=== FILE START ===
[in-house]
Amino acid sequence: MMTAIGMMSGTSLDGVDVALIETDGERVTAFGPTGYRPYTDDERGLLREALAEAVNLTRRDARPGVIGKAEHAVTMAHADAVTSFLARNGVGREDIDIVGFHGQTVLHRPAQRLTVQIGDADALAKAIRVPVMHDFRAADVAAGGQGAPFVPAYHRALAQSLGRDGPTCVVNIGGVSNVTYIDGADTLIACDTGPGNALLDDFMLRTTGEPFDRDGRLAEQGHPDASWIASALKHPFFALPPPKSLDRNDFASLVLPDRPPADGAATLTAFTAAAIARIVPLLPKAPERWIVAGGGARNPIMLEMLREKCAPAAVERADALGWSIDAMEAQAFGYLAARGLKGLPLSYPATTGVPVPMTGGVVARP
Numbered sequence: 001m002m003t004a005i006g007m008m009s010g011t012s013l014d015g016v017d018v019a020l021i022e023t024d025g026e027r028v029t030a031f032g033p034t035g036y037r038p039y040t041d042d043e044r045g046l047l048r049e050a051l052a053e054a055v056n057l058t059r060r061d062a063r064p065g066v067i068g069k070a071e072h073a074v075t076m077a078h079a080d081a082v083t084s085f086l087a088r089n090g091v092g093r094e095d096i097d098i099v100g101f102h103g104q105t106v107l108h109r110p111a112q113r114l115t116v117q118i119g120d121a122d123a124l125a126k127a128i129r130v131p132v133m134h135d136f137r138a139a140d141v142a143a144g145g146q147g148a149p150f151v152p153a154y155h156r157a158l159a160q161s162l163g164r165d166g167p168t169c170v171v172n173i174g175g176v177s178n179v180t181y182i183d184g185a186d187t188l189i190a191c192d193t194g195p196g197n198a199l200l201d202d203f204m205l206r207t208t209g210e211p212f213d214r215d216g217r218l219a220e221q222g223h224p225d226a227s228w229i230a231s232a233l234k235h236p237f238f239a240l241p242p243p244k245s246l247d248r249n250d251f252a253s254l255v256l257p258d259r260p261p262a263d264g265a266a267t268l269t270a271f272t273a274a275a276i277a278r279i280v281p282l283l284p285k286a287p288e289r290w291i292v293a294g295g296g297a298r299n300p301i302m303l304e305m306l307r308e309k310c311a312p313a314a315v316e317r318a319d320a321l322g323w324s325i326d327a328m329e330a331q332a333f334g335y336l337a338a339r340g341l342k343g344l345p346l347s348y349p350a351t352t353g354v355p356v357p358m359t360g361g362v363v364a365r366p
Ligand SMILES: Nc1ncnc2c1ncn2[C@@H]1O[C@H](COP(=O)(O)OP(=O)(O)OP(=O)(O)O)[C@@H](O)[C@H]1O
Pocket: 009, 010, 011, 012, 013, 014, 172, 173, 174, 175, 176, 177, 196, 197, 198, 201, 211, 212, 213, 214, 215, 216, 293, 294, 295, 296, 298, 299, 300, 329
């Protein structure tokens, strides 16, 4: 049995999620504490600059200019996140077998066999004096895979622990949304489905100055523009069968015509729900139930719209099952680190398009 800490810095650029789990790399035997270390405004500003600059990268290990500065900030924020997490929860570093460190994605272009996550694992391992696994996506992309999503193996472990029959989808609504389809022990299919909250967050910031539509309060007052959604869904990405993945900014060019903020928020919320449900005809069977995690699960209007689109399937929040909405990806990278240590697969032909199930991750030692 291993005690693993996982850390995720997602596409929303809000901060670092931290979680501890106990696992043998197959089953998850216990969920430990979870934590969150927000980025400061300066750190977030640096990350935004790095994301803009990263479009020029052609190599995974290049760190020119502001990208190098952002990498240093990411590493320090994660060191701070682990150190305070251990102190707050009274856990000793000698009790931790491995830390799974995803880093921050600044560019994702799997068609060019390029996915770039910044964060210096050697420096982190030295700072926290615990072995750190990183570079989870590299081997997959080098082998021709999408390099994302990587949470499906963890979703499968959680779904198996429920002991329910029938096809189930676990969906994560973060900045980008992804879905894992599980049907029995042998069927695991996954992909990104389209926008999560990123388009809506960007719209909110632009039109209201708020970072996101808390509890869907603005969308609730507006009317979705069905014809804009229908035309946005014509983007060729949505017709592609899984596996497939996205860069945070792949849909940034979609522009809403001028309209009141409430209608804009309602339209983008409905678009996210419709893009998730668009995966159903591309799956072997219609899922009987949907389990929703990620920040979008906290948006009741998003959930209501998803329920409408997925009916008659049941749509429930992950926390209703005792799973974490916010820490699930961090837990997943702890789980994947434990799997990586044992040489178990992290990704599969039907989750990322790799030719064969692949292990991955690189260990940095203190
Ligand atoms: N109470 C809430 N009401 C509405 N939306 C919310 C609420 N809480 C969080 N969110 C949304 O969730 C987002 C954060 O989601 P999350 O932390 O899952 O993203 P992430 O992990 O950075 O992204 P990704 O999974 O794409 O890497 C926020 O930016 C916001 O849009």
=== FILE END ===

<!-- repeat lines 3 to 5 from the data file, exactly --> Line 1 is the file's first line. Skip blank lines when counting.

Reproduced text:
Numbered sequence: 001m002m003t004a005i006g007m008m009s010g011t012s013l014d015g016v017d018v019a020l021i022e023t024d025g026e027r028v029t030a031f032g033p034t035g036y037r038p039y040t041d042d043e044r045g046l047l048r049e050a051l052a053e054a055v056n057l058t059r060r061d062a063r064p065g066v067i068g069k070a071e072h073a074v075t076m077a078h079a080d081a082v083t084s085f086l087a088r089n090g091v092g093r094e095d096i097d098i099v100g101f102h103g104q105t106v107l108h109r110p111a112q113r114l115t116v117q118i119g120d121a122d123a124l125a126k127a128i129r130v131p132v133m134h135d136f137r138a139a140d141v142a143a144g145g146q147g148a149p150f151v152p153a154y155h156r157a158l159a160q161s162l163g164r165d166g167p168t169c170v171v172n173i174g175g176v177s178n179v180t181y182i183d184g185a186d187t188l189i190a191c192d193t194g195p196g197n198a199l200l201d202d203f204m205l206r207t208t209g210e211p212f213d214r215d216g217r218l219a220e221q222g223h224p225d226a227s228w229i230a231s232a233l234k235h236p237f238f239a240l241p242p243p244k245s246l247d248r249n250d251f252a253s254l255v256l257p258d259r260p261p262a263d264g265a266a267t268l269t270a271f272t273a274a275a276i277a278r279i280v281p282l283l284p285k286a287p288e289r290w291i292v293a294g295g296g297a298r299n300p301i302m303l304e305m306l307r308e309k310c311a312p313a314a315v316e317r318a319d320a321l322g323w324s325i326d327a328m329e330a331q332a333f334g335y336l337a338a339r340g341l342k343g344l345p346l347s348y349p350a351t352t353g354v355p356v357p358m359t360g361g362v363v364a365r366p
Ligand SMILES: Nc1ncnc2c1ncn2[C@@H]1O[C@H](COP(=O)(O)OP(=O)(O)OP(=O)(O)O)[C@@H](O)[C@H]1O
Pocket: 009, 010, 011, 012, 013, 014, 172, 173, 174, 175, 176, 177, 196, 197, 198, 201, 211, 212, 213, 214, 215, 216, 293, 294, 295, 296, 298, 299, 300, 329